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Wyoming People

Connally jumps into cattle

Powell – “Ever since I was little, I’ve been on the farm,” 18-year-old Tamara Connally says. “I’ve always had a soft spot for cattle, but I never planned to get into the cattle business as much as I did.”

When her grandparents split, the Powell native was given all of the cattle from their herd.

“I was young, and the cows were all given to me,” says Connally. “It became my little business, and it’s been good to me.”

Her herd is primarily Black Angus – Maine Anjou cross cattle that she shows each year, though she has also showed Hereford and Charolais cattle.

Investing in cattle

When she started, Connally notes that everything was given to her – something she recognizes as unusual and a blessing. She felt it necessary to invest some her own capital into the endeavor and work hard to make it successful.

“A neighbor was selling their bum heifer, so I bought it,” she says. “I figured, ‘What the heck? She’ll give me a calf every year and pay herself off.’”

Connally says that cow has proven to be one of her favorite, and she has continued investing in the herd. 

Her mother, Jodee Metzler, helps her by providing feed for the cattle. However, the money for feed costs comes from her college fund.

“The profits from my cattle are to be used to pay for my college,” she says, “and I’ve worked hard to make it happen.”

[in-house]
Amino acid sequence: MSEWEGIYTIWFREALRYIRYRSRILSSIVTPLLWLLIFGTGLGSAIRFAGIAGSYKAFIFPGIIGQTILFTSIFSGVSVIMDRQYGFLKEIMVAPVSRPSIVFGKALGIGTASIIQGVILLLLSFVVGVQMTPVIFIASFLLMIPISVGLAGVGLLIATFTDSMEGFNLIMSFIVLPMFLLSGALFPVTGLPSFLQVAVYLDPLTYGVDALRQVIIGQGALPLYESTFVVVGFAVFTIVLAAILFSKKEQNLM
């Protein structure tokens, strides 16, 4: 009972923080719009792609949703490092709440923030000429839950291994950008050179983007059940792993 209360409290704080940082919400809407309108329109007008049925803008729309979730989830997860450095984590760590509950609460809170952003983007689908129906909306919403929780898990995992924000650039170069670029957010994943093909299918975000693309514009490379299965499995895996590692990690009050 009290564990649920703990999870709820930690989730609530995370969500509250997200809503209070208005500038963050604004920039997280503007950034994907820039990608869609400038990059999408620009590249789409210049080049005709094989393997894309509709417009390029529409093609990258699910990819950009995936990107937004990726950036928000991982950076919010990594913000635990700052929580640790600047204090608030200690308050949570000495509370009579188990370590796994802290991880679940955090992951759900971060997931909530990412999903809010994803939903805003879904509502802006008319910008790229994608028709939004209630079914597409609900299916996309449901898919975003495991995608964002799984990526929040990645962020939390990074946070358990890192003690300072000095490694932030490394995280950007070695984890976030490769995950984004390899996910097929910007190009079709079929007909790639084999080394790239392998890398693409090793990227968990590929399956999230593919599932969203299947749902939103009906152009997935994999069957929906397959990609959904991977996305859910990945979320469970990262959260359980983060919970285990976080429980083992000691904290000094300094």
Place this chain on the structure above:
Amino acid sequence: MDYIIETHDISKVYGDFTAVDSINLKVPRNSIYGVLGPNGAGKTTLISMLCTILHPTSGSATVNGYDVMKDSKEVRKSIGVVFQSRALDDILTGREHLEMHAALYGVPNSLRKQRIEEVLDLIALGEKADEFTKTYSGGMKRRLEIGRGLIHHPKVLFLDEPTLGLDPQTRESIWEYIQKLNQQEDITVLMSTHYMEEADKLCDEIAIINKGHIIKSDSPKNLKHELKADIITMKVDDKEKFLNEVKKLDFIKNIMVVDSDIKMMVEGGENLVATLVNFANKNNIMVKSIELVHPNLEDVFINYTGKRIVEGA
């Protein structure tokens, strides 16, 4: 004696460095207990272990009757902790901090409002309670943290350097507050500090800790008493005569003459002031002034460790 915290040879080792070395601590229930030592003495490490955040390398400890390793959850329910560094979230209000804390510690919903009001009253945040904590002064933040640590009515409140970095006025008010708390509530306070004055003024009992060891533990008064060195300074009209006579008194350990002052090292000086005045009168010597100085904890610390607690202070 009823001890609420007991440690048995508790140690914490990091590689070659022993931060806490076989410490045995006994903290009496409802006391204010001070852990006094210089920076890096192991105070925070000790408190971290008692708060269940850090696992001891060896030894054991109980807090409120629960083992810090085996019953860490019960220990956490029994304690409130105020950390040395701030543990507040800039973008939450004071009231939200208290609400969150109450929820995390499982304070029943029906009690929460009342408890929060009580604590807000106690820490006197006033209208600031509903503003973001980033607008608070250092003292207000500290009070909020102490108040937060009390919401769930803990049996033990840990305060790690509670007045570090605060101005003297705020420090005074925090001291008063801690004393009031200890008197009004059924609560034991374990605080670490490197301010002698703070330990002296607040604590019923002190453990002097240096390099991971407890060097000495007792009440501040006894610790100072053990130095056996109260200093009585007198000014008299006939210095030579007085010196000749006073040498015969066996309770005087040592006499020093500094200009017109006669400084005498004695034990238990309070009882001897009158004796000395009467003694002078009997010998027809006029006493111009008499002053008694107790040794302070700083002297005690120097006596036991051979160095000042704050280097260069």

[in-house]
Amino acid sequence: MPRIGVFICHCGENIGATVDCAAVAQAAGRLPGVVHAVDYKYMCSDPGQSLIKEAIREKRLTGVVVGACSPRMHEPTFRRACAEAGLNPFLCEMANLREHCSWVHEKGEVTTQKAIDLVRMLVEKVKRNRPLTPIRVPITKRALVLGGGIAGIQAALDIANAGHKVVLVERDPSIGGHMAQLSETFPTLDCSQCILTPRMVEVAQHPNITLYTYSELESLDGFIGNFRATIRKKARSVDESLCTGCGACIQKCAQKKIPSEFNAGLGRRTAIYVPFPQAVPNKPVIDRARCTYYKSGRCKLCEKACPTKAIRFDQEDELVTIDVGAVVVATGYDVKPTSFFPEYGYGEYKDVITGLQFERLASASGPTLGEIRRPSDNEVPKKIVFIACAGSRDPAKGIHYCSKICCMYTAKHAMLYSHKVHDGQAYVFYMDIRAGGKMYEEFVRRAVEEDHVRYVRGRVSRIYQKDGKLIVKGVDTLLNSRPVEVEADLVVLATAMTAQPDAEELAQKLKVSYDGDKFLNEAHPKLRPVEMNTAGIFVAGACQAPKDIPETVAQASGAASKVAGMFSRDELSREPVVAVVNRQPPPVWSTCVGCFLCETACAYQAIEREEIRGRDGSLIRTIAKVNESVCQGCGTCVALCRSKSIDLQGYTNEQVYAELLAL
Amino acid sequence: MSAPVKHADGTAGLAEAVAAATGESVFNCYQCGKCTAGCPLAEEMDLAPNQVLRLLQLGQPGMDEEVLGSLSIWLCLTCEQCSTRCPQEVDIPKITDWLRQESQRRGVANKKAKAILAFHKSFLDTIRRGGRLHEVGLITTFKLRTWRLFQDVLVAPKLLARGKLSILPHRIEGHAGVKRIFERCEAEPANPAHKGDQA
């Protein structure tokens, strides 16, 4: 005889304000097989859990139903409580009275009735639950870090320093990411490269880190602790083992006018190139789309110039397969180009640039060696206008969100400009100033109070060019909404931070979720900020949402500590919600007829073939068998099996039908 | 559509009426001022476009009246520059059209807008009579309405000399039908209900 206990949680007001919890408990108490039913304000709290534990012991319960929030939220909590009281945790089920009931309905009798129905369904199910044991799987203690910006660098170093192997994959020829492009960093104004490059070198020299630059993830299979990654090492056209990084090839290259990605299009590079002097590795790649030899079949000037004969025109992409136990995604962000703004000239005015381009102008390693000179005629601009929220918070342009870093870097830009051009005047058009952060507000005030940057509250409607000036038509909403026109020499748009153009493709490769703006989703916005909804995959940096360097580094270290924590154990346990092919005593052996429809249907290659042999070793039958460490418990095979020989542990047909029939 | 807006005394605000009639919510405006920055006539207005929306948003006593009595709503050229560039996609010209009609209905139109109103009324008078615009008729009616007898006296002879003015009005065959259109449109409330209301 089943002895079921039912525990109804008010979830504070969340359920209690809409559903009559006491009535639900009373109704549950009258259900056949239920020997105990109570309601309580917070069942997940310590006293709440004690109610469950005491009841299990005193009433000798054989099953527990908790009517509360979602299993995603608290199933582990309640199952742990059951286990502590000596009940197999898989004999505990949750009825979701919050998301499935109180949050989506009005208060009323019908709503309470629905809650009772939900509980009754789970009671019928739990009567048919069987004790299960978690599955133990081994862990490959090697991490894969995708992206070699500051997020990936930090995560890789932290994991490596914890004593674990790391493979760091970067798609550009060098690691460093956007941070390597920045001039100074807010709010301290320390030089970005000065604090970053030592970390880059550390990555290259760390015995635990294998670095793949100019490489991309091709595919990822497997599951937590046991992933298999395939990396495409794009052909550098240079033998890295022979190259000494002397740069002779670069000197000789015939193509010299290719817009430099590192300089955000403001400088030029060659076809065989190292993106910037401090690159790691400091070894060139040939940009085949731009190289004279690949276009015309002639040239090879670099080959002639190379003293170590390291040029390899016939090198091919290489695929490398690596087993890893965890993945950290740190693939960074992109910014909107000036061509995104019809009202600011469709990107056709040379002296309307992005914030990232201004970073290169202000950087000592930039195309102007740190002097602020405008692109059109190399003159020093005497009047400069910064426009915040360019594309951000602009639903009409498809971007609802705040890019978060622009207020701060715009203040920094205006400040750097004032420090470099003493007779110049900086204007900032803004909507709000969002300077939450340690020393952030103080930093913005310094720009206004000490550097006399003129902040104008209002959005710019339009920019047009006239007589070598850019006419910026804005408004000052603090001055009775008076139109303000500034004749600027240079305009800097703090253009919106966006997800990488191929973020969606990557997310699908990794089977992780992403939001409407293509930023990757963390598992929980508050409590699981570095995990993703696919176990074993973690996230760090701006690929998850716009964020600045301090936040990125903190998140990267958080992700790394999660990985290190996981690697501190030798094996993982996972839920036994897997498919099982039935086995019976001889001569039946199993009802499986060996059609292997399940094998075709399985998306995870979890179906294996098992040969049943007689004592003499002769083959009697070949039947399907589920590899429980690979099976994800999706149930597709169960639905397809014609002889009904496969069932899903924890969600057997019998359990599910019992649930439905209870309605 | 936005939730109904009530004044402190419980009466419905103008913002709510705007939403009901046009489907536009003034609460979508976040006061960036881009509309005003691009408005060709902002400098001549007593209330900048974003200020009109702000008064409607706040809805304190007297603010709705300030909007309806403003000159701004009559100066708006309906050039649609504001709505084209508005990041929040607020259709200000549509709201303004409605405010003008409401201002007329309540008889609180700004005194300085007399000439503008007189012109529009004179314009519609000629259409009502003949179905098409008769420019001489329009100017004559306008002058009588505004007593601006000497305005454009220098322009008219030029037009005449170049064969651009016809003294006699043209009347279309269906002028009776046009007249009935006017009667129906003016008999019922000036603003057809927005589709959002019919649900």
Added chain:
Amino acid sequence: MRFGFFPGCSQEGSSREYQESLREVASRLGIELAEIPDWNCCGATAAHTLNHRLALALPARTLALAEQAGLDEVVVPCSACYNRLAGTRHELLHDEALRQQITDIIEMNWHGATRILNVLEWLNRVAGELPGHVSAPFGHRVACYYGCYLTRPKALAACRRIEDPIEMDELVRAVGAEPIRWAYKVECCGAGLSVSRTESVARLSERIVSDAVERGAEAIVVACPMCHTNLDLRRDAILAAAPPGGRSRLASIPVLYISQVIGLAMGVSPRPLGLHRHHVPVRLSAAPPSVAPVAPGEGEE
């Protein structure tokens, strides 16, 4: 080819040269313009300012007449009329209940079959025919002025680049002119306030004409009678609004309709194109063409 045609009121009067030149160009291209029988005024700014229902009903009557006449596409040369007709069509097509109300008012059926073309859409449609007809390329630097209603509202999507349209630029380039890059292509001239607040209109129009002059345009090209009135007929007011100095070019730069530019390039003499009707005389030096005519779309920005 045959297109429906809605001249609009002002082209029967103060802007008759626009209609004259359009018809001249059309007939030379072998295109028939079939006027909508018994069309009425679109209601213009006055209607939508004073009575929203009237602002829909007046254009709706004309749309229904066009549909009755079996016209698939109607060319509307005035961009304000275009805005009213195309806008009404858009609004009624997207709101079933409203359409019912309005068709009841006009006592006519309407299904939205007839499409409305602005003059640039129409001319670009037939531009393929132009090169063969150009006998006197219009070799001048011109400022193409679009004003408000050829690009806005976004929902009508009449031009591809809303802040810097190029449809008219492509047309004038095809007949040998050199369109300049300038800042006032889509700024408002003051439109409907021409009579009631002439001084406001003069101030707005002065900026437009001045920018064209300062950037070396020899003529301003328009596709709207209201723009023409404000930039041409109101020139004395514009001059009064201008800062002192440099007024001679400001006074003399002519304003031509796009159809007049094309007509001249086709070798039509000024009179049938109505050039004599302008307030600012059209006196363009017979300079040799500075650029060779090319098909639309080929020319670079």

Hard work

With a good start, Connally operates under the vision that hard work leads to success.

“It’s not how much I spend on my calf, it’s how much time I spend with them,” says Connally. “I’m a firm believer that, even if I spent $5,000 on a calf, if I don’t work hard, I won’t win.”

Connally says that many of her competitors spend lots of money on expensive, premium show cattle, but by working with her animals more and continually improving her relationship with her animals, she sees success. 

“I can spend as much money in the world to get the best looking calf, but it matters more what I put into it,” she adds. “Even when things don’t go like I want them to in showmanship classes, I know that I’ve tried my hardest.”

Along with working in-town at various jobs, Connally finds time to work her steers each night, noting that occasionally, she doesn’t get down to the barn until midnight.

Despite all of her hard work, Connally notes that the people who have helped her are also very important.

“I can’t thank Tom and Tammy Jones enough,” she says. “They have been so good and helped me out.”

Time well spent

Aside from the rewards she sees from working with her cattle, Connally says, “I really enjoy spending time with my cattle.”

“No one wants to wake up and feed their animals,” she says. “I’ve missed opportunities and times with family because someone has to stay home and take care of the animals, but it’s been fun.”

Connally says learning responsibility and how to set priorities has been worth all the hard work.

“Every year brings something new,” she comments. “I learn new tricks of the trade with each steer and have begun making a name for myself.”

Starting from nothing, Connally says she has become well known in the area for her cattle.

Continuing in the industry

Despite this year marking her last year to show, Connally says she plans to continue in the ag industry.

“I’ll be attending Northwest College on a full livestock judging scholarship,” she comments. “I’m excited to be in college.”

Connally will be working on Associate’s Degrees in ag business, agriculture education and Spanish.

“My cattle have been good to me,” says Connally, “and they’ve provided me a nice start financially for college and the rest of my life.”

Saige Albert is managing editor of the Wyoming Livestock Roundup and can be reached at This email address is being protected from spambots. You need JavaScript enabled to view it..